Was anorexia nervosa merely another symptom of this internal constraint? The more Candace and I talked, the more we did seem to have in common. Our similarities went way beyond where and when we were raised: we both dreaded making a mistake; both hated being the center of attention, even though we craved praise and needed to excel; we didn't laugh easily or openly or trust ourselves to relax. I imagined the two of us standing side by side, question marks tattooed on our foreheads.
That night I said to Candace, "If we went back and talked with the other women we knew who had eating disorders in high school and college, I think we'd find we all have more in common - even today - than we have with the rest of our classmates."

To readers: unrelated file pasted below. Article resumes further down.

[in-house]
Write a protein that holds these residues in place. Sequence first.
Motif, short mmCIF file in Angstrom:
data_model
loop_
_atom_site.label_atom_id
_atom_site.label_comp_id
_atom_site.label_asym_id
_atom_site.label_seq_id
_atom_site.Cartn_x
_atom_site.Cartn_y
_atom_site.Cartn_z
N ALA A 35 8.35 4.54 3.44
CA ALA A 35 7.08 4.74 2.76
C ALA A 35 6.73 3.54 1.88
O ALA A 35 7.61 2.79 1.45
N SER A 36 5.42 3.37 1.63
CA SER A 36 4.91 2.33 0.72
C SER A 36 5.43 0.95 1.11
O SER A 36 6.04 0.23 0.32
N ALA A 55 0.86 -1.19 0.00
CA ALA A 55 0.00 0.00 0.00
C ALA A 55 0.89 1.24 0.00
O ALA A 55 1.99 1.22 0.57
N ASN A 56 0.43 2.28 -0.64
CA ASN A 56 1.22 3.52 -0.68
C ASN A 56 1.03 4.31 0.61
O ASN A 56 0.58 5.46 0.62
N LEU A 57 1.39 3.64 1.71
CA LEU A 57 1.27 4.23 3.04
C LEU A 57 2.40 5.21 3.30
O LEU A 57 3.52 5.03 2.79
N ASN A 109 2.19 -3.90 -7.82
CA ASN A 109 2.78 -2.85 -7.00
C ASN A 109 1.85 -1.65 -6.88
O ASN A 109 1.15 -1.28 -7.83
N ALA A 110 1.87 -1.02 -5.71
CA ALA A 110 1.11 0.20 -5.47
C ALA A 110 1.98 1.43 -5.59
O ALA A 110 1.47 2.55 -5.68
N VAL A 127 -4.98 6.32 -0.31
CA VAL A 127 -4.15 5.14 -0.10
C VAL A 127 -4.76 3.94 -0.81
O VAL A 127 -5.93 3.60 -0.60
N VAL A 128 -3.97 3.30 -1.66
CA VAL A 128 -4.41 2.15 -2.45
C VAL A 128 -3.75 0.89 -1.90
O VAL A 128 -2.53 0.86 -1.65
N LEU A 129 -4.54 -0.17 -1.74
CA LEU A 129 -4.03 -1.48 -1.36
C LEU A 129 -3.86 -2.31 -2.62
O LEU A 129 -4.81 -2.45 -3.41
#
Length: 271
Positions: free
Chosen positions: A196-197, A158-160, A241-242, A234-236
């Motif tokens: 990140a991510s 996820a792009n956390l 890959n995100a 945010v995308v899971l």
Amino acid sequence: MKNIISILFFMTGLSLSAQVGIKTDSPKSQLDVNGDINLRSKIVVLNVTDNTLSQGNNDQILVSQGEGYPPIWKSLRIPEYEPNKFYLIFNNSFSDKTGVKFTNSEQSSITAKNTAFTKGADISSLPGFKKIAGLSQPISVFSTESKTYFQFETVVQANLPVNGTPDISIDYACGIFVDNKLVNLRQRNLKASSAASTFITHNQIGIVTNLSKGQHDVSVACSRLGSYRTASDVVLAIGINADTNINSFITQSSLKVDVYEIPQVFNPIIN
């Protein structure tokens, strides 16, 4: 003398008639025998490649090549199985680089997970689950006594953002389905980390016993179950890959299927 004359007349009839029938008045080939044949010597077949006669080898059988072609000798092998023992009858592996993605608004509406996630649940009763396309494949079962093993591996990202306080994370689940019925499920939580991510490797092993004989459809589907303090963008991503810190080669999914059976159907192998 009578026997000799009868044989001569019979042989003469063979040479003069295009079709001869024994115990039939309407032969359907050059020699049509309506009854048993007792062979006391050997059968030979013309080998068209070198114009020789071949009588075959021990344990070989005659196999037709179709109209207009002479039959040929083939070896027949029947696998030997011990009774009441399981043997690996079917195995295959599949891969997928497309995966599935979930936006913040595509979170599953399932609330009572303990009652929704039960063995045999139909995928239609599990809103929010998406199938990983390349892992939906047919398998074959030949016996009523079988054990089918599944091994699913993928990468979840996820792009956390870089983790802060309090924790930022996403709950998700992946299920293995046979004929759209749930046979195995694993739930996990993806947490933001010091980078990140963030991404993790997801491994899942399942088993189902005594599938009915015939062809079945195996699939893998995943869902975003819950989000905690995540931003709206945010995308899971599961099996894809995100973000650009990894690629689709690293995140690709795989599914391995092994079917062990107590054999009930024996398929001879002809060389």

But Candace was not so sure. "Don't you think people change?"
"I think they can when they know what needs changing. Gaining weight was only a first step - for me, at least."
She studied her hands. Something I'd said seemed to pain her. But when she looked up, she said only, "I'd be interested in knowing ... in hearing those stories."
I thought about asking to interview Candace right then, but Carol and Ruby pulled us in other directions. Besides, I was not yet sure what questions to ask. The skeptic in me warned that women who'd had eating disorders constituted a broad and diverse group. Their lives were affected by a multitude of factors, and if they appeared similar it was as likely because of shared culture as any innate parallel. But Candace's phrase "connect the dots" stayed with me long after I was back in LA. I kept remembering that look she'd shot me as we labored over our mugs, the two of us still holding back in a way no one else in the kitchen that night could understand.